The Signal Shed is located within walking distance of the Eagle Cap Wilderness Preserve in Northeastern Oregon and acts as a short-term residence and outdoor adventure outpost. Since the days of Chief Joseph, visitors and residents alike have revered this area for its natural beauty.
In an effort to respect these natural surroundings, the Signal Shed was conceived as a small home, which provides access to the outdoors and causes minimal disturbance in doing so. For its foundation, the structure was built on a series of pier footings. The blackened rain screen cladding helps it recede into the shadows of the surrounding mountains and trees. Also, the shed’s ‘charcoaled’ exterior references the burned trees found onsite and recalls the past use of Signal Mountain as a smoke signal point for the Nez Perce tribe.
This mountain (which has been renamed after Gen. Howard who defeated Chief Joseph) is a backdrop for the primary view from the Signal Shed. A large sliding door opens the interior space to the view and outdoors so one still feels like they’re camping while inside. A single hatch window opens to frame a view of the Wallowa Lake Tramway and Signal Mountain. Windows, which face the forest on the other three elevations, are shuttered by the same slats that wrap the exterior. Thus, The Signal Shed can be closed and fully secured when left for long stretches of time. Inside, a loft, simple wood stove, kitchen counter and collapsible dining room table provide adequate accoutrements for rustic domestic living. At night, the interior light glows from behind the cedar slats as a series of vertical slivers.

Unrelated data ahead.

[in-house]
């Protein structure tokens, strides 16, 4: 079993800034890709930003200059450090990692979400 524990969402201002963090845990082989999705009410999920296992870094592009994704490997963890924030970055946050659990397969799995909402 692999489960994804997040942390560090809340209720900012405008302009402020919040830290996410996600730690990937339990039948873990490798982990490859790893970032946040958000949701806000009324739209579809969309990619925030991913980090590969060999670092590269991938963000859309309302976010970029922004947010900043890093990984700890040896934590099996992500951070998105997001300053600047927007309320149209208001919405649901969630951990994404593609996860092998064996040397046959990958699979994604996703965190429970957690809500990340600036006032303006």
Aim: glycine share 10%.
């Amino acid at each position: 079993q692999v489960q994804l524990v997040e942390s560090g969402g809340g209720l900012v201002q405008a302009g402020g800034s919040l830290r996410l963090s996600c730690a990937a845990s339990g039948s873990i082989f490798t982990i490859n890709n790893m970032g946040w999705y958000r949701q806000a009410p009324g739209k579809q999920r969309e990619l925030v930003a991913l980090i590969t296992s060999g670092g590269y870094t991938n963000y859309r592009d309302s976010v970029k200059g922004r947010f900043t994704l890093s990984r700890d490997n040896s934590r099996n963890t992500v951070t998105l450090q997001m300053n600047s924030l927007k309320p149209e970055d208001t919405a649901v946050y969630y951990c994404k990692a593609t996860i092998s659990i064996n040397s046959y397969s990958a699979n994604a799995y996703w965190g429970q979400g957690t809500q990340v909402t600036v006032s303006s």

To limit the project’s environmental impact and cost the original structure was built by the owner/designer using recycled windows and hardware and reclaimed siding and has no traditional utility connections. All materials were carried in from the main road and with a generator providing electricity. The western red cedar cladding was sourced to Willamina Portable Saw Mill, a portable saw mill company specializing in reclamation of fallen and discarded trees. The windows, door and barn door hardware were purchased at the Rebuilding Center in Portland. Interior casework and flooring is from IKEA. All other wood was sourced to local mills found in Wallowa and Union County through local distributors.